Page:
New York State Government’s $28 Million Spend on Banned Chinese Government-Owned Tech Companies

Last year the Department of Defense Inspector General (DODIG) released an audit warning about the purchase of IT equipment manufactured by Chinese government-owned brands known to have security vulnerabilities. Two companies – Lexmark and Lenovo – have been banned by military and intelligence agencies in the US and abroad. (Read the DODIG’s partially-redacted, previously “Secret” security clearance report here.)

The Pentagon is not the only agency that needs to be concerned about insecure hardware, servers, and networks. State governments control vast amounts of sensitive data like records on taxes, students, courts and criminals, healthcare (especially seniors), and election voting. 

Despite these bans, we found that the New York State Government has spent over $28 million on the two Chinese-owned companies in recent years, including $14,882,890 on Lenovo computers, systems, and services, and $13,198,852 on Lexmark printers. (See the State’s purchasing summary for Lenovo and Lexmark and our snapshot here.)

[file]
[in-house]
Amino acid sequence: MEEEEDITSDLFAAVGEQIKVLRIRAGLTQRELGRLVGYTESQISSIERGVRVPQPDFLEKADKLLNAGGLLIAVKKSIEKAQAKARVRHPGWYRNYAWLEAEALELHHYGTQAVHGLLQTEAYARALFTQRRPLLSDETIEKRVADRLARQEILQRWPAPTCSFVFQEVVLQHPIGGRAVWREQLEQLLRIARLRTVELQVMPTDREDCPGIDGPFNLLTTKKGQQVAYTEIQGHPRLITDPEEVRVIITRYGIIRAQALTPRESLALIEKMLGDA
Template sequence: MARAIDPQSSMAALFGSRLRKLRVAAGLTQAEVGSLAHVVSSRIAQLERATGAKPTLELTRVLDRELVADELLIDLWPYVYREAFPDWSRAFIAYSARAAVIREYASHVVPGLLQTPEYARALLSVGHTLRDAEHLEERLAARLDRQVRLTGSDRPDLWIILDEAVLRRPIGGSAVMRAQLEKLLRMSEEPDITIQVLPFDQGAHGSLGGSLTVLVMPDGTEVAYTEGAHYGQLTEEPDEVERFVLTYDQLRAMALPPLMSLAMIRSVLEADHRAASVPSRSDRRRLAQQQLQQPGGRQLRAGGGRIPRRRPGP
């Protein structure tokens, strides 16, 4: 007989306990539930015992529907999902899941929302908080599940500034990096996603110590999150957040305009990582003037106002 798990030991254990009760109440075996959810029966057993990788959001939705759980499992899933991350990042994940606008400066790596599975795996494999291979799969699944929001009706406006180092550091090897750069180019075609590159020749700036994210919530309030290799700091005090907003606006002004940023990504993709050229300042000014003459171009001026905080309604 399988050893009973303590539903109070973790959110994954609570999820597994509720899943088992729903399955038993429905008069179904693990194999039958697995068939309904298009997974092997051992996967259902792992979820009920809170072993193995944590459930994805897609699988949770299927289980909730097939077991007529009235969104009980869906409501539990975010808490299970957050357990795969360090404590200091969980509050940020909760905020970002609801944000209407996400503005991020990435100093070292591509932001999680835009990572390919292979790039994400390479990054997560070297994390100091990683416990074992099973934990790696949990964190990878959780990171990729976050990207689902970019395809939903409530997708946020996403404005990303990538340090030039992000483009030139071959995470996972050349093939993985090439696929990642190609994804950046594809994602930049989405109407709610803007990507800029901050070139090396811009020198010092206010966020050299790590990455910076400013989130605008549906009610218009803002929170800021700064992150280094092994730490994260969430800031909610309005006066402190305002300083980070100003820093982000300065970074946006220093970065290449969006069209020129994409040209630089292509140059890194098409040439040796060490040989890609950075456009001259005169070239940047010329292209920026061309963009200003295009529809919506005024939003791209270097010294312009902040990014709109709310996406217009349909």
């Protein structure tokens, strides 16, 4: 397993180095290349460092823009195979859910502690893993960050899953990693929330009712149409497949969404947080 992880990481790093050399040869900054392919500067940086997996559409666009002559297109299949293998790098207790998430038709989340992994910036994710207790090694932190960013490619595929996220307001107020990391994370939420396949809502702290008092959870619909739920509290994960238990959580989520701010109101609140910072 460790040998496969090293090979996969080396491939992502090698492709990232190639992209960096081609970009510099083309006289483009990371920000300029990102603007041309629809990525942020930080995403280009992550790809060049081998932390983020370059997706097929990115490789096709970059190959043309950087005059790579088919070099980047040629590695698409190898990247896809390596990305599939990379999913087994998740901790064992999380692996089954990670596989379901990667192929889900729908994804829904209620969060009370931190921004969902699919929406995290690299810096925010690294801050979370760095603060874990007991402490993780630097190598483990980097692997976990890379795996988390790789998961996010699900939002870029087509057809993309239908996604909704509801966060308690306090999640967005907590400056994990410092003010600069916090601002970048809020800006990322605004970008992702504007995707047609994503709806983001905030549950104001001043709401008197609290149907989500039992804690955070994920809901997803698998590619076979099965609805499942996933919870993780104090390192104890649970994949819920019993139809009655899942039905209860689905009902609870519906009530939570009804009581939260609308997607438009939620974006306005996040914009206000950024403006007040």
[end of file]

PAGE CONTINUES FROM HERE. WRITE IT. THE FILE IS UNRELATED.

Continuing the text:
In all likelihood, New York has spent even more during the COVID pandemic, while state employees are forced to work-from-home with an even greater network security risk. 

Keep in mind the DODIG report referenced above notes that Lenovo computers “were manufactured with hidden hardware or software used for cyberespionage” leading to bans and warnings by the State Department, Department of Homeland Security, and Joint Chiefs of Staff. As for Lexmark, the audit explains that the National Vulnerabilities Database lists 20 cybersecurity vulnerabilities related to their products. Obviously, these companies should not be trusted with New Yorker’s sensitive information.

Who can do something about this? Empire State data security begins with Sean Carroll, Chief Procurement Officer, and Jeremy Goldberg, Chief Information Officer. Both gentlemen play a crucial role in evaluating IT security and ensuring that New Yorkers’ data remains private.

At the same, time Members of Congress can help eliminate insecure equipment. For example, Senator Schumer and Representatives Katko, Engel, and Stefanik have all taken action to keep US user data out of the hands of the Chinese government.

We hope that state and federal policymakers can collaborate to keep New York data safe.

[See a compilation our New York findings here.]